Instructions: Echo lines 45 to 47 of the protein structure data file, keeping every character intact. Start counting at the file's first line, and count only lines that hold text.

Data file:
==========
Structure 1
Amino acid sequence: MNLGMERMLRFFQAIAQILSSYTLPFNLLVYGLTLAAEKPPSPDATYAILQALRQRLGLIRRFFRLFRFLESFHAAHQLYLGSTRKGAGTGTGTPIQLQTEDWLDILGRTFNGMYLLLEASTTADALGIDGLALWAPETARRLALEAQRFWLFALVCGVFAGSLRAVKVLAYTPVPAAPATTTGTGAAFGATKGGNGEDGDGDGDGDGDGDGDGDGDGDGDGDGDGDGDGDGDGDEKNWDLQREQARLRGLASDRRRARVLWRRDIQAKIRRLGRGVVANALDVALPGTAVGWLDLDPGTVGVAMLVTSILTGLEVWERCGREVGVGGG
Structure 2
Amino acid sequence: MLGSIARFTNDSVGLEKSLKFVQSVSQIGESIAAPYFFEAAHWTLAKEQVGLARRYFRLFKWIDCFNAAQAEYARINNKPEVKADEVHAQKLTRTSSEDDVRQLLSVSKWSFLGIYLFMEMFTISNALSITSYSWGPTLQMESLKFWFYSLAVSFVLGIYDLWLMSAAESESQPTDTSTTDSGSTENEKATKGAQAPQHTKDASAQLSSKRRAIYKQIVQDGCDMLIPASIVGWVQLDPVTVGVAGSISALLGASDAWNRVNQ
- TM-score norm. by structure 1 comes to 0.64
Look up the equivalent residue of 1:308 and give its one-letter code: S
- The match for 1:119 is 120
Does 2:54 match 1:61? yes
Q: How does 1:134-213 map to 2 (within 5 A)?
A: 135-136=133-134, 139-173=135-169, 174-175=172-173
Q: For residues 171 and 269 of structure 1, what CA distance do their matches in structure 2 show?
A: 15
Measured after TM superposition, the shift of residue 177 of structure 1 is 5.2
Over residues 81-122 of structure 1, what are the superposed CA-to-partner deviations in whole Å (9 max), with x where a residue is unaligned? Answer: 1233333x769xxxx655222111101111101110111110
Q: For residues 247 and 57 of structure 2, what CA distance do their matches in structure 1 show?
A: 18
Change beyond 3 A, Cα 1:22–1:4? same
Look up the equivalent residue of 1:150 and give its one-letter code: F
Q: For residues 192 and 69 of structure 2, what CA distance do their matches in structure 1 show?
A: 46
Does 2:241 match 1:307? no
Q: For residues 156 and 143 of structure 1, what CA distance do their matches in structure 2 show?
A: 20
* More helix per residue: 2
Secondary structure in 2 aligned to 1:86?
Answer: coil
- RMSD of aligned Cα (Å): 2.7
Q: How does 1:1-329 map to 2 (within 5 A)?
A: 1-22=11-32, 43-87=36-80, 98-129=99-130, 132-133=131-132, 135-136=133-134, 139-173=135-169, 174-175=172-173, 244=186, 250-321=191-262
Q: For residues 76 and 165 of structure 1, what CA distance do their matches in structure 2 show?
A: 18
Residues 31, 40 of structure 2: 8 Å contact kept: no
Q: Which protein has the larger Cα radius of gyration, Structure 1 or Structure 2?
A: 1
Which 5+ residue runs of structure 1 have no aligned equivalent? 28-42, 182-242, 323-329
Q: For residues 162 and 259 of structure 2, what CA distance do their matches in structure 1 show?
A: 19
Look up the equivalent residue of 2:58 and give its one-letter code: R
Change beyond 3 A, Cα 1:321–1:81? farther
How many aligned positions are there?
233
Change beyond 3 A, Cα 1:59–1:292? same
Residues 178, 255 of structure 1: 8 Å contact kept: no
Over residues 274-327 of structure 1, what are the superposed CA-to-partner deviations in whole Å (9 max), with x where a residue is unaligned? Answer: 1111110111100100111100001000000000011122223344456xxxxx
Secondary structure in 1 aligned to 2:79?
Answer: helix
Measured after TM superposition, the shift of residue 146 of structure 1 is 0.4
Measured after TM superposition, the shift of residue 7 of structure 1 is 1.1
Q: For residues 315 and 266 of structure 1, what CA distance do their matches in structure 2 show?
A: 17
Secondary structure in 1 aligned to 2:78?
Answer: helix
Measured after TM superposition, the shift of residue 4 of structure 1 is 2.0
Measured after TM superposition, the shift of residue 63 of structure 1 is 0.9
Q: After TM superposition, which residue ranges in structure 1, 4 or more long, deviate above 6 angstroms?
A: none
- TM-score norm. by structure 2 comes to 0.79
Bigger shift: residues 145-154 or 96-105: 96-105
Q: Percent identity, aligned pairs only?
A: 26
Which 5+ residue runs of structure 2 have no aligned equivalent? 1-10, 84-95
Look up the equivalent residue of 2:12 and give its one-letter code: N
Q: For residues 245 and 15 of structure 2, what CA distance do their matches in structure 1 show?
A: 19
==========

Secondary structure in 1 aligned to 2:79?
Answer: helix
Measured after TM superposition, the shift of residue 146 of structure 1 is 0.4